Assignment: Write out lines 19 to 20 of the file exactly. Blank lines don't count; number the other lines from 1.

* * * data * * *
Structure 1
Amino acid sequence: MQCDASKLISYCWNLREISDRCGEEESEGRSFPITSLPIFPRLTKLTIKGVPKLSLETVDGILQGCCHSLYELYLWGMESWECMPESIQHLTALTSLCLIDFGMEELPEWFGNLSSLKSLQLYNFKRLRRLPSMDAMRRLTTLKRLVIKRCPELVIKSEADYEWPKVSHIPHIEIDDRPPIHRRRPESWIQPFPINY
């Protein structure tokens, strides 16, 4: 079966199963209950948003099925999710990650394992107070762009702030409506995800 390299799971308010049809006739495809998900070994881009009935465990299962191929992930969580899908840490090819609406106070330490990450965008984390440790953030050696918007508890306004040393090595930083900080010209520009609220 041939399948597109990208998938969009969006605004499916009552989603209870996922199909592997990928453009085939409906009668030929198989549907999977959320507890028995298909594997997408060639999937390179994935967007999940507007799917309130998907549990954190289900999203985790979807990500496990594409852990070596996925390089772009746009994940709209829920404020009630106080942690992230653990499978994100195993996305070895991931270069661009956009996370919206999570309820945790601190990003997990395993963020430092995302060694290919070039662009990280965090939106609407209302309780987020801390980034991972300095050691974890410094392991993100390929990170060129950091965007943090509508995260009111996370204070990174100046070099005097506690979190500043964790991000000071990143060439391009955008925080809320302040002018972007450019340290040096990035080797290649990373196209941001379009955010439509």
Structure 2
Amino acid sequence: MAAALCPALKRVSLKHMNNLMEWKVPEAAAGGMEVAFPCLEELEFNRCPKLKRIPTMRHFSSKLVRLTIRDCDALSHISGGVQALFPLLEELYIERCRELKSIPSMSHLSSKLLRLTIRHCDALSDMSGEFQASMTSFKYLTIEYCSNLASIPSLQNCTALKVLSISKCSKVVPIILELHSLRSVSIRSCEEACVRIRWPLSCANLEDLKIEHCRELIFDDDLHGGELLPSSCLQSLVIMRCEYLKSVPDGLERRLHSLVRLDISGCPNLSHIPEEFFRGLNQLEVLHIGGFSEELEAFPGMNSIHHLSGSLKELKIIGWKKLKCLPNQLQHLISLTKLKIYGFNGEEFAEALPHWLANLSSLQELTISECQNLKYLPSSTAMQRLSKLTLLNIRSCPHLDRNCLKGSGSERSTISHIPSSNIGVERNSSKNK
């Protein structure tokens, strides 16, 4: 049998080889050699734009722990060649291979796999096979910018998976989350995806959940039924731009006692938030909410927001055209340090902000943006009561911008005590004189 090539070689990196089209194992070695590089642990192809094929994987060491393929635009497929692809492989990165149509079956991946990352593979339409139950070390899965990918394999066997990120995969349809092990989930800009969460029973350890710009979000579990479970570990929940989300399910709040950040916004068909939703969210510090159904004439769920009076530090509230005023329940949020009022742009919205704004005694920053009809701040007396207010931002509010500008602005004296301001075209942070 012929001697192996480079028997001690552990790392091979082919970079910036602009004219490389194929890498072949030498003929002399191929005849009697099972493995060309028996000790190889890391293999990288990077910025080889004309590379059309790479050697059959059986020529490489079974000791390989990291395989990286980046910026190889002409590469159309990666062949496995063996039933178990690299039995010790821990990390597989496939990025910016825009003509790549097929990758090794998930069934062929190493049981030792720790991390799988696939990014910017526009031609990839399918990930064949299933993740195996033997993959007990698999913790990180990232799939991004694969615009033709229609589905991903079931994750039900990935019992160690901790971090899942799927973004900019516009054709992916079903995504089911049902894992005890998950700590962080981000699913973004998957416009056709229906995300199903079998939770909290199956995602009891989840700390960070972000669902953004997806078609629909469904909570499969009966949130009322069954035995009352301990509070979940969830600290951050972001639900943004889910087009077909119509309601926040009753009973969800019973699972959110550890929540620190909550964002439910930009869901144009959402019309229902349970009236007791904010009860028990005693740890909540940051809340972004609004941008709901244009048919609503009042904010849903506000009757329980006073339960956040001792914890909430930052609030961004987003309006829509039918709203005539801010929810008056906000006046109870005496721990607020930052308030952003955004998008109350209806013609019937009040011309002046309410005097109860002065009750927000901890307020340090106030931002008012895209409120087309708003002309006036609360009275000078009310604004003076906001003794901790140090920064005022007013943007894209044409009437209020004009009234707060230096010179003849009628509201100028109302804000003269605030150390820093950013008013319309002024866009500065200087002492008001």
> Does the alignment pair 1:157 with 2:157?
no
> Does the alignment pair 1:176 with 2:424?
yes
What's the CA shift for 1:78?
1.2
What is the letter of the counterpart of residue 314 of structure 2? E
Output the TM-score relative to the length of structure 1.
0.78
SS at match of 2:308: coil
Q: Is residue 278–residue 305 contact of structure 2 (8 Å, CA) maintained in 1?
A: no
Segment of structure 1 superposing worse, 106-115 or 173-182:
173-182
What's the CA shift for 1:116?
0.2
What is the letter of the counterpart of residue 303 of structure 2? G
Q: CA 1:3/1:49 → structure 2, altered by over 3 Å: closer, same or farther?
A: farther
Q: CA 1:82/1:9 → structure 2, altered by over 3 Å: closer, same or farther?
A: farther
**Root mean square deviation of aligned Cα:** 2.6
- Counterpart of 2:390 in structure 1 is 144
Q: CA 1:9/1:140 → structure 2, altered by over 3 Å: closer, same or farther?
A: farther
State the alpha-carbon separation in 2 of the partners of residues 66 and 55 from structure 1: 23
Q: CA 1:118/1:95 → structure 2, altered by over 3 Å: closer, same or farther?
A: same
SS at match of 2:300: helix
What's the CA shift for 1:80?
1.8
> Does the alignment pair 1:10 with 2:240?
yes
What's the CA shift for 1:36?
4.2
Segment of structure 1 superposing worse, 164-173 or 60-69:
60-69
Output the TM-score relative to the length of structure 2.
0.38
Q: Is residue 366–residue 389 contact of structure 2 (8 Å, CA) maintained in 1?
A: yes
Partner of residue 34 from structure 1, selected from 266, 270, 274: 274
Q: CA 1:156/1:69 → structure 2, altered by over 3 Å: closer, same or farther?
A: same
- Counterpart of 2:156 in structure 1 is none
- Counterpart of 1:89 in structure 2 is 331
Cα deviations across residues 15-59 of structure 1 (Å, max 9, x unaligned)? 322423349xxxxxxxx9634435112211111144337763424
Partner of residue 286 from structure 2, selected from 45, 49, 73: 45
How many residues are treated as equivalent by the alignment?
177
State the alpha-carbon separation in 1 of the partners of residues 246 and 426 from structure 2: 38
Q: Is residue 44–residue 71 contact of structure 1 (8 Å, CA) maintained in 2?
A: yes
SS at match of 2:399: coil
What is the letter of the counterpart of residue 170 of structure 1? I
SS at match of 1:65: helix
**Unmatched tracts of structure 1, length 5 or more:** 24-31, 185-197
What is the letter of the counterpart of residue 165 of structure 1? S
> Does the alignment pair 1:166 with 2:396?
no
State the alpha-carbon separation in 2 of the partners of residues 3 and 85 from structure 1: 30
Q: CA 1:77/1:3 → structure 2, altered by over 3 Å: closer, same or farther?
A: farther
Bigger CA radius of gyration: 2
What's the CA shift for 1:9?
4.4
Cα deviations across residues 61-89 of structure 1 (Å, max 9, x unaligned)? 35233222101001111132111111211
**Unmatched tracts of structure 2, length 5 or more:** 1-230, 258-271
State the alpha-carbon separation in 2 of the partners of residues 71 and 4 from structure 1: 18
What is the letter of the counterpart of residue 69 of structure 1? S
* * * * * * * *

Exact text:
Segment of structure 1 superposing worse, 106-115 or 173-182:
173-182